We are held hostage to price fixing by a cartel that includes actors who would do our nation harm, and we are too often called upon to risk the lives of our sons and daughters to protect fragile oil supplies from this very cartel. 
and ...
OPEC can increase production and drive down gas prices, erasing market incentives for developing alternative fuels ... the price of gasoline at the pump can too easily be manipulated by suppliers.
This doesn't do much to bolster the credibility of those who wrote and reviewed the report. But the report also mixes misleading or mistaken statements like those above with others that are much more on target. Here's Karbuz's take:
None of those [above quoted] claims make any sense. I was thinking about writing a few paragraphs on how the world oil markets functions and how oil prices are set. But I see that a reasonably good answer to those wrong arguments comes again from the report itself: “oil is a global commodity, priced on the global market. No matter how much more we produce here in the U.S., we can’t control the price of oil.”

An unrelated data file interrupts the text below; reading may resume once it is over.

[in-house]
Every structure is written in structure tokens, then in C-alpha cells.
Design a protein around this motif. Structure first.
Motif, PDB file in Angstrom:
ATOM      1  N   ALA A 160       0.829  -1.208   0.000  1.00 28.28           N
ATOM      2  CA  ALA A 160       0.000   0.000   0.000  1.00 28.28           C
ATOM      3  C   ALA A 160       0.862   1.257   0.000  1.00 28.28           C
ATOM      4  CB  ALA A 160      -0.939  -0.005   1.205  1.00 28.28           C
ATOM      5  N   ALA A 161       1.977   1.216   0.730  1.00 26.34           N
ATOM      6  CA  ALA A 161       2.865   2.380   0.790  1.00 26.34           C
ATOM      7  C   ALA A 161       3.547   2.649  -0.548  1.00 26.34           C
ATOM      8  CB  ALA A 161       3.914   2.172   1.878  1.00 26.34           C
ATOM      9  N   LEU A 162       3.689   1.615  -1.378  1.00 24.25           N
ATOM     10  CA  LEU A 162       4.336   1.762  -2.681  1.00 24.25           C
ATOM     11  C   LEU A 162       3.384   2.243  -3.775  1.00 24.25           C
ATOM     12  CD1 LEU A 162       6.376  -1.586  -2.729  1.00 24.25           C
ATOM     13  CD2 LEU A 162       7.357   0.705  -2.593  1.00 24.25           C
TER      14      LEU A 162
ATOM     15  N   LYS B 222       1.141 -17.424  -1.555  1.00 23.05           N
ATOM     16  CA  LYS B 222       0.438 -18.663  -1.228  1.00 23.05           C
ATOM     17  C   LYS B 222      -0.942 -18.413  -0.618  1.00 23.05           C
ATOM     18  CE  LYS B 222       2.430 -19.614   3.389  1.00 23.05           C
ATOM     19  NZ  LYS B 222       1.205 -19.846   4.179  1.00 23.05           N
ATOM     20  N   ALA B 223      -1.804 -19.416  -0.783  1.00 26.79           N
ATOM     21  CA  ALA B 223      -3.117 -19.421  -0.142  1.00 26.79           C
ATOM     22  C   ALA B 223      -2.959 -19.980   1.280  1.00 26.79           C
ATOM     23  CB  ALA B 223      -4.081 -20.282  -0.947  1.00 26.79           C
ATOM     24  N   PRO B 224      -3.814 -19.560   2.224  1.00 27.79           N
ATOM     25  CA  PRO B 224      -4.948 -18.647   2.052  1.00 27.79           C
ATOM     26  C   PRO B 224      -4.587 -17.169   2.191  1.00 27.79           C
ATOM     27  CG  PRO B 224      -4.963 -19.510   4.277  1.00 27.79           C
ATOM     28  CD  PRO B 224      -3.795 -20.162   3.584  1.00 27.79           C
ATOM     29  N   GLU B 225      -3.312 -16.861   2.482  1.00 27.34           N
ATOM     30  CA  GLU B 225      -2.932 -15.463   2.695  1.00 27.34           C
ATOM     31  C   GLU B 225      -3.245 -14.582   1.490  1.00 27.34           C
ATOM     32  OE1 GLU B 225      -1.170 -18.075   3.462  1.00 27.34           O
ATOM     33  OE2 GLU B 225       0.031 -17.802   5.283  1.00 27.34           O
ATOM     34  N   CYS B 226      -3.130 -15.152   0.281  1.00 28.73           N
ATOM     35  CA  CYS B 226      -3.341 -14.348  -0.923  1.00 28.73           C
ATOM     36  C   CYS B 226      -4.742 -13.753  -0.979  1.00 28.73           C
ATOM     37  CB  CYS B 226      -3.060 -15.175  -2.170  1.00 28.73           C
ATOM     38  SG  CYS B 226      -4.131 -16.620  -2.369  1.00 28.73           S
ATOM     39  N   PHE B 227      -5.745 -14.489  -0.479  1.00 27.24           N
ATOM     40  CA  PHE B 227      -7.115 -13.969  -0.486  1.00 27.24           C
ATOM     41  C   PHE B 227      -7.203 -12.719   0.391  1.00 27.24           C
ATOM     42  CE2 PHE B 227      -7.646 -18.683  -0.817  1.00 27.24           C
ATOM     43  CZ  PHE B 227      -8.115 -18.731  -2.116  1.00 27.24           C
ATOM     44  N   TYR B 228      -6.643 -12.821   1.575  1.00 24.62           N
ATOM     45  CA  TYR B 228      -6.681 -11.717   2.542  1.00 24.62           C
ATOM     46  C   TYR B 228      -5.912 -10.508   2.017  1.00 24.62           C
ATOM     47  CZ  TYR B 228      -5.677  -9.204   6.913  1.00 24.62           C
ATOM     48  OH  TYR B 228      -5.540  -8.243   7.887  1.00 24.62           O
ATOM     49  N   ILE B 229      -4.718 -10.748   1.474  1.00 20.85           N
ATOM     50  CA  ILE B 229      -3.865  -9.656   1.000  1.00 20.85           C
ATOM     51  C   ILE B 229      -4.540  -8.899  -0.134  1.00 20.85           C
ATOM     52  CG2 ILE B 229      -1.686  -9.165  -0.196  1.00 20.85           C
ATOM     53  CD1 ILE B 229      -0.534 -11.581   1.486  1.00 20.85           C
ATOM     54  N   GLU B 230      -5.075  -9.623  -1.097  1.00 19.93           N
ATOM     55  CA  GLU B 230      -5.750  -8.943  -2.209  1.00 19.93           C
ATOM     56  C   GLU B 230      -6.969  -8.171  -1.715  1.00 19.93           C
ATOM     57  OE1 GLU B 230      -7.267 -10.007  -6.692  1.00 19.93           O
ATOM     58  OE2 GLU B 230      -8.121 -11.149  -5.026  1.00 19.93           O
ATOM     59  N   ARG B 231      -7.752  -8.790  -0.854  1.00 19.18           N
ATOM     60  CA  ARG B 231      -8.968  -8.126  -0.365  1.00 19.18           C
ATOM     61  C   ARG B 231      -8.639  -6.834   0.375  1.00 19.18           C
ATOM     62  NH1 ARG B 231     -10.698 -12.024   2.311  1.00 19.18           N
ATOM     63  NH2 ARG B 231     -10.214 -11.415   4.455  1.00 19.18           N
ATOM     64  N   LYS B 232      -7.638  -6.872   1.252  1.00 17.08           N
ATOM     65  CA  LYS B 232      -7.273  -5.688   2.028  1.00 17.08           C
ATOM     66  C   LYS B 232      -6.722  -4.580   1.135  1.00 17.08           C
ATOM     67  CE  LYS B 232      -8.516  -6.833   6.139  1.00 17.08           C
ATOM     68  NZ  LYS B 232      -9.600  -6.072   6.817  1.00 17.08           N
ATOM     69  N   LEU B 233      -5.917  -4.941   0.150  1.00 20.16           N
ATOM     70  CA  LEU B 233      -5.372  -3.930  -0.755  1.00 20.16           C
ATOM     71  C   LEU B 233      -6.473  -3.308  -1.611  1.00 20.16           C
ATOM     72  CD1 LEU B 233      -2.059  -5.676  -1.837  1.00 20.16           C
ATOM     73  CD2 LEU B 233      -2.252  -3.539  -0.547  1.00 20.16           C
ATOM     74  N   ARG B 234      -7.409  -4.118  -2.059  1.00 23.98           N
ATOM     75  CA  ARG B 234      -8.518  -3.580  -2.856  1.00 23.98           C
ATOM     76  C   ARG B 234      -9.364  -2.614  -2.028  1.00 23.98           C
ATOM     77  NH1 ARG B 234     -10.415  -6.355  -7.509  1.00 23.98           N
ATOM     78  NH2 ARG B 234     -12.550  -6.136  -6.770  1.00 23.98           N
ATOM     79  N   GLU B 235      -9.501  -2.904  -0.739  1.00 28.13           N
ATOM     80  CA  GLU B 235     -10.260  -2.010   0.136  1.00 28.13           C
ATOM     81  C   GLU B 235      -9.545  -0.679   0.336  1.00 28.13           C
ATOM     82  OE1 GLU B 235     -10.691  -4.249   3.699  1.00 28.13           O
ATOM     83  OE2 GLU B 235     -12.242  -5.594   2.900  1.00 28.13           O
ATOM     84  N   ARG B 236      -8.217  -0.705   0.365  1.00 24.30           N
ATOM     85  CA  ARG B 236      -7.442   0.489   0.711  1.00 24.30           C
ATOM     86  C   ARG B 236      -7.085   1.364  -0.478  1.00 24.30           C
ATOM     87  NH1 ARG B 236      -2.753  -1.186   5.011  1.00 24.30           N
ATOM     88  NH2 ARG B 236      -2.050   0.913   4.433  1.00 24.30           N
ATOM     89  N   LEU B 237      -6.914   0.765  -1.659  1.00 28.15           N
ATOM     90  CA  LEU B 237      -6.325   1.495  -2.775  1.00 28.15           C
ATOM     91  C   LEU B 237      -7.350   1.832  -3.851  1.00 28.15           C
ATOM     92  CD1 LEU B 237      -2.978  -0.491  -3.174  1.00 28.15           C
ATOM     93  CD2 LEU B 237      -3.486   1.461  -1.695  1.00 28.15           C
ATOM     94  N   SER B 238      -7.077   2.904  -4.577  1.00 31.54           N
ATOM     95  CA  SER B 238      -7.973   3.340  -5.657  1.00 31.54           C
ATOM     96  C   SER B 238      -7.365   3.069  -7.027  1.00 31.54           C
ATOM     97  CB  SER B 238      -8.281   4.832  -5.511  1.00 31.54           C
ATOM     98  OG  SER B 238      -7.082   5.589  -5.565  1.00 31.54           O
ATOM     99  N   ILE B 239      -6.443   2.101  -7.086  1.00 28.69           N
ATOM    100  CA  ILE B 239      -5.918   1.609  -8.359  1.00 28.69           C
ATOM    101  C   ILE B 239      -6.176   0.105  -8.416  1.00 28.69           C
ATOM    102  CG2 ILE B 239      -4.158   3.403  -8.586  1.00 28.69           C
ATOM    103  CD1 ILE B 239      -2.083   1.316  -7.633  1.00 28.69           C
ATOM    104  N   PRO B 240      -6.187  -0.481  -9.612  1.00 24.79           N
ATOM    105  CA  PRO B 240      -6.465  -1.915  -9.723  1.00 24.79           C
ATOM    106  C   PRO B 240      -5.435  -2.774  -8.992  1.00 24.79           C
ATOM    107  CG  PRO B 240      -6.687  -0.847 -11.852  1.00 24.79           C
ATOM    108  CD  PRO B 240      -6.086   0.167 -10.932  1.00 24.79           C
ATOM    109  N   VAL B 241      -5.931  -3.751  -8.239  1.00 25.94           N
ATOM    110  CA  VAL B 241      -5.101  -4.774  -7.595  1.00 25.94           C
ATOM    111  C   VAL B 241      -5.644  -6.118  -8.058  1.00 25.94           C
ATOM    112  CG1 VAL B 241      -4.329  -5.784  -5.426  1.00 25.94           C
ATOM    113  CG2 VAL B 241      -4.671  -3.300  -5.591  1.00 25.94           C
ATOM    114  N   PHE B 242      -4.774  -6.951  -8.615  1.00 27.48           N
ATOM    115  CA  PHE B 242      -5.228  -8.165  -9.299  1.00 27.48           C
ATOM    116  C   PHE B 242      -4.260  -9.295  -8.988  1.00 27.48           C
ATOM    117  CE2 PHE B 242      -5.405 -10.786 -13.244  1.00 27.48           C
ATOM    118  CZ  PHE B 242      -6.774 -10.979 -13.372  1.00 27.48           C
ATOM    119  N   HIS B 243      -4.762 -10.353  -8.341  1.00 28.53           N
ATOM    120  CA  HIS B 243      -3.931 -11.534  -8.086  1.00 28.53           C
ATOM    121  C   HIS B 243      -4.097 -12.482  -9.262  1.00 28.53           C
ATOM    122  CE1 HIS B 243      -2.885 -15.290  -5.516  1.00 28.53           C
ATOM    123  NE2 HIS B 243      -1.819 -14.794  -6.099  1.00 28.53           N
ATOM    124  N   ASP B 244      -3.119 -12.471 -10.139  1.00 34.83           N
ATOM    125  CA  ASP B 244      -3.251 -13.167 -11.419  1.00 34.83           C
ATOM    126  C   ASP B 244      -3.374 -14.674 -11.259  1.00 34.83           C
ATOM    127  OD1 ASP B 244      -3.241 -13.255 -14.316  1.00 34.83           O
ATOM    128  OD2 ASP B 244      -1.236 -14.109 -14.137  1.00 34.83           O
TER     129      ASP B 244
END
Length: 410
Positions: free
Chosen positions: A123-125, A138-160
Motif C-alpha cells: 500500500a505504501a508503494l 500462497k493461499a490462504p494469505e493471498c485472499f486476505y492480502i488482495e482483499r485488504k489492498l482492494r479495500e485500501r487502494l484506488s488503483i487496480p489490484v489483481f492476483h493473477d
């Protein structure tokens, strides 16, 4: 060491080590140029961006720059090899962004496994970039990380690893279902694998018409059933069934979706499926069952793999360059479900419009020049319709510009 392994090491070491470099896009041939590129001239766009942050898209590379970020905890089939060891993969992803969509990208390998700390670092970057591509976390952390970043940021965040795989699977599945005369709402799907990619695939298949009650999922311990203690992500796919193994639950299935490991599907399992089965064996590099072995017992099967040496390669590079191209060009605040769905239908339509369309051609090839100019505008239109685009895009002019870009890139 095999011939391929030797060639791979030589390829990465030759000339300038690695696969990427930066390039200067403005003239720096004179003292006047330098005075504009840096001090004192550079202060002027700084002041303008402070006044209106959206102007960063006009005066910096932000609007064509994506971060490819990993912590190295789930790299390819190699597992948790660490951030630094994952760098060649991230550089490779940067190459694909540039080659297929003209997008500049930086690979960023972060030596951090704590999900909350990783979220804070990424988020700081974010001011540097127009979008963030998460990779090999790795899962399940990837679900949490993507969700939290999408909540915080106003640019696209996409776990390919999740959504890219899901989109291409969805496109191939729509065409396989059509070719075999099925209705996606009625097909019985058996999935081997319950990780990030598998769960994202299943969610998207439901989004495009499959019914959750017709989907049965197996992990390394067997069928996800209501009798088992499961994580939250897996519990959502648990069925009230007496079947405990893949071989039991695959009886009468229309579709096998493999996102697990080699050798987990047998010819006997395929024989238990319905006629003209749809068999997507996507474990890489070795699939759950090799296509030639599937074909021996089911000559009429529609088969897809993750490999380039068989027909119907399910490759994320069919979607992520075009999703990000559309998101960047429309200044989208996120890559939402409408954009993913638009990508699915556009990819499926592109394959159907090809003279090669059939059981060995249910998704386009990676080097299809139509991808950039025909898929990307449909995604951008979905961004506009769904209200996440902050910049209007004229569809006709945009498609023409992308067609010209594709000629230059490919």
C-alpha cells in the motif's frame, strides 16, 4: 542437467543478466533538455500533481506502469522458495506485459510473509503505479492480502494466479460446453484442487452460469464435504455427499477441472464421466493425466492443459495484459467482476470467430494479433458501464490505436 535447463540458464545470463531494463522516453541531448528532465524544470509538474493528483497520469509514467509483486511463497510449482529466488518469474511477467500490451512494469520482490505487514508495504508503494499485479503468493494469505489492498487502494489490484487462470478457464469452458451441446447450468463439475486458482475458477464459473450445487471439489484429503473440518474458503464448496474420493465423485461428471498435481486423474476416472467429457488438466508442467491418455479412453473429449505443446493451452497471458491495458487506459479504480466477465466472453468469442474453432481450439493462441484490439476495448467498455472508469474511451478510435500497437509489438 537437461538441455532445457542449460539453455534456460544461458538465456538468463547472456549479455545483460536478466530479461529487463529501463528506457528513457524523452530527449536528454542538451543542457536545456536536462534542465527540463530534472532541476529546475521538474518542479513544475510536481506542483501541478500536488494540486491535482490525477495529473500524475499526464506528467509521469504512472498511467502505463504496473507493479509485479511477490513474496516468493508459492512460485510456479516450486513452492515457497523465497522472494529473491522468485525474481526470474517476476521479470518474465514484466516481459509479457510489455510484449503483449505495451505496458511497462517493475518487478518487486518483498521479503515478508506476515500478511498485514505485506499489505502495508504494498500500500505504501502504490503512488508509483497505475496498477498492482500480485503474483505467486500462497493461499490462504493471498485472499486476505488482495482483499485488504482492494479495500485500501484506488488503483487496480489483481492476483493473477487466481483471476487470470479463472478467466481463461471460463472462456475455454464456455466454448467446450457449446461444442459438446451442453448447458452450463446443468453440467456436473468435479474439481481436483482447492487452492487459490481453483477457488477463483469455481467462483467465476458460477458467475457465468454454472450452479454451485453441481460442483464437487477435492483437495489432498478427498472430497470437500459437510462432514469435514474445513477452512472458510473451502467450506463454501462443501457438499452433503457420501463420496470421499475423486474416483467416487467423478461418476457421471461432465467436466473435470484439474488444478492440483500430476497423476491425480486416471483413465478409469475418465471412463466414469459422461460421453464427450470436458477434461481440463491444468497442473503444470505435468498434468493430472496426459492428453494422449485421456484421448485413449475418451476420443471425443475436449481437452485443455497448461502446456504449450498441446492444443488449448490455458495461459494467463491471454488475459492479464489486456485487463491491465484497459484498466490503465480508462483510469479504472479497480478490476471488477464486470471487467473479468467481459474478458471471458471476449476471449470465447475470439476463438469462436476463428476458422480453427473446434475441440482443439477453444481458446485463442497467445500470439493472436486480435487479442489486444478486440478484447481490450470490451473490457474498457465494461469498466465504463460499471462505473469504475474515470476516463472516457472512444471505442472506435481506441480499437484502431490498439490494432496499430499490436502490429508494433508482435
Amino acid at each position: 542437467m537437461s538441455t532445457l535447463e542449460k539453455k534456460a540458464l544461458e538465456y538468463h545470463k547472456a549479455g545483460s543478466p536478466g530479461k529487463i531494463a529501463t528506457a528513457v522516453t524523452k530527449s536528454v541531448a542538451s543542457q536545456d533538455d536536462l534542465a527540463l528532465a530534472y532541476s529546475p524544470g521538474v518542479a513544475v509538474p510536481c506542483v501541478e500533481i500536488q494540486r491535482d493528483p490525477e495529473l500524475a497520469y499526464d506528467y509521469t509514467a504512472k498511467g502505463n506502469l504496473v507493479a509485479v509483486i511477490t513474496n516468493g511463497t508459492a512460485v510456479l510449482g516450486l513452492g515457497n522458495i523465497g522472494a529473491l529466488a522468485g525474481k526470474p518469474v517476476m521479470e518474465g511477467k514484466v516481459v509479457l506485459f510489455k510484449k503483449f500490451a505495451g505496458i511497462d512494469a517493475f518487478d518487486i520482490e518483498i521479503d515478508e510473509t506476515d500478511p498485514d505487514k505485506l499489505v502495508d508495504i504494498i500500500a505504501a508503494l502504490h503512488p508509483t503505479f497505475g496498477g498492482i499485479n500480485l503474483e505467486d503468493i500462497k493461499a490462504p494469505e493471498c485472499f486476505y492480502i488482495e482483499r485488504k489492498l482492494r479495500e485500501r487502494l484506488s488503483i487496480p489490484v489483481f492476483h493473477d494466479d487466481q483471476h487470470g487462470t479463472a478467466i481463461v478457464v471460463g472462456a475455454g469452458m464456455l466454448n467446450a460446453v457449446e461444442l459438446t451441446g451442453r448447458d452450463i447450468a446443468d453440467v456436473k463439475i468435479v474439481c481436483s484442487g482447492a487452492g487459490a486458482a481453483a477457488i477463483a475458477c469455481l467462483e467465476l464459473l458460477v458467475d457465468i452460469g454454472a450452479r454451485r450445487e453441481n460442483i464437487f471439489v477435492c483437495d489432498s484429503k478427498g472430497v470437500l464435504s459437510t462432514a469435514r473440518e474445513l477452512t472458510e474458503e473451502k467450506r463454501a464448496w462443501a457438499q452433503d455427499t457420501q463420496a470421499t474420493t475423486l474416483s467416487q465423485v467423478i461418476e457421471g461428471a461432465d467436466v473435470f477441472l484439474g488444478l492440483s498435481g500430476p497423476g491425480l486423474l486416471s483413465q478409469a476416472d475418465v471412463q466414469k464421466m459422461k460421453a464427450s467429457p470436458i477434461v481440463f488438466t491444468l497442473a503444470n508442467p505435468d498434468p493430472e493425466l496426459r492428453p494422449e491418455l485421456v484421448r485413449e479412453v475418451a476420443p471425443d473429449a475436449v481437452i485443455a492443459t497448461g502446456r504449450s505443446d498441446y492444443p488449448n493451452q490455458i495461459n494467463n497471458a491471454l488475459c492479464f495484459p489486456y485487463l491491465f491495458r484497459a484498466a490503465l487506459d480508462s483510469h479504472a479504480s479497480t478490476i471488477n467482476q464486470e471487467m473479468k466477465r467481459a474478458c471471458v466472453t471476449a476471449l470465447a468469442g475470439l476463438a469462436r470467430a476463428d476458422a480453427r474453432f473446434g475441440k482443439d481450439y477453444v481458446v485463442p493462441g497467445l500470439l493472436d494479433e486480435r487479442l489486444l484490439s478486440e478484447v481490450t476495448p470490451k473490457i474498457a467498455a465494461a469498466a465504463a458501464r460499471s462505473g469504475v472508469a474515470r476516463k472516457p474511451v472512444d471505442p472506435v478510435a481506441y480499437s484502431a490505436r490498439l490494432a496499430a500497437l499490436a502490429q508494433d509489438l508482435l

He's also got a lot to say on the reports recommendations, particularly on biofuels. 

There's much more to process, and by the time you've finished Karbuz's analysis (on his blog, HERE), you'll have a better feel for what's going on, and also better context in which to consider the implications for DOD of the continuously changing energy landscape.  Andy Bochman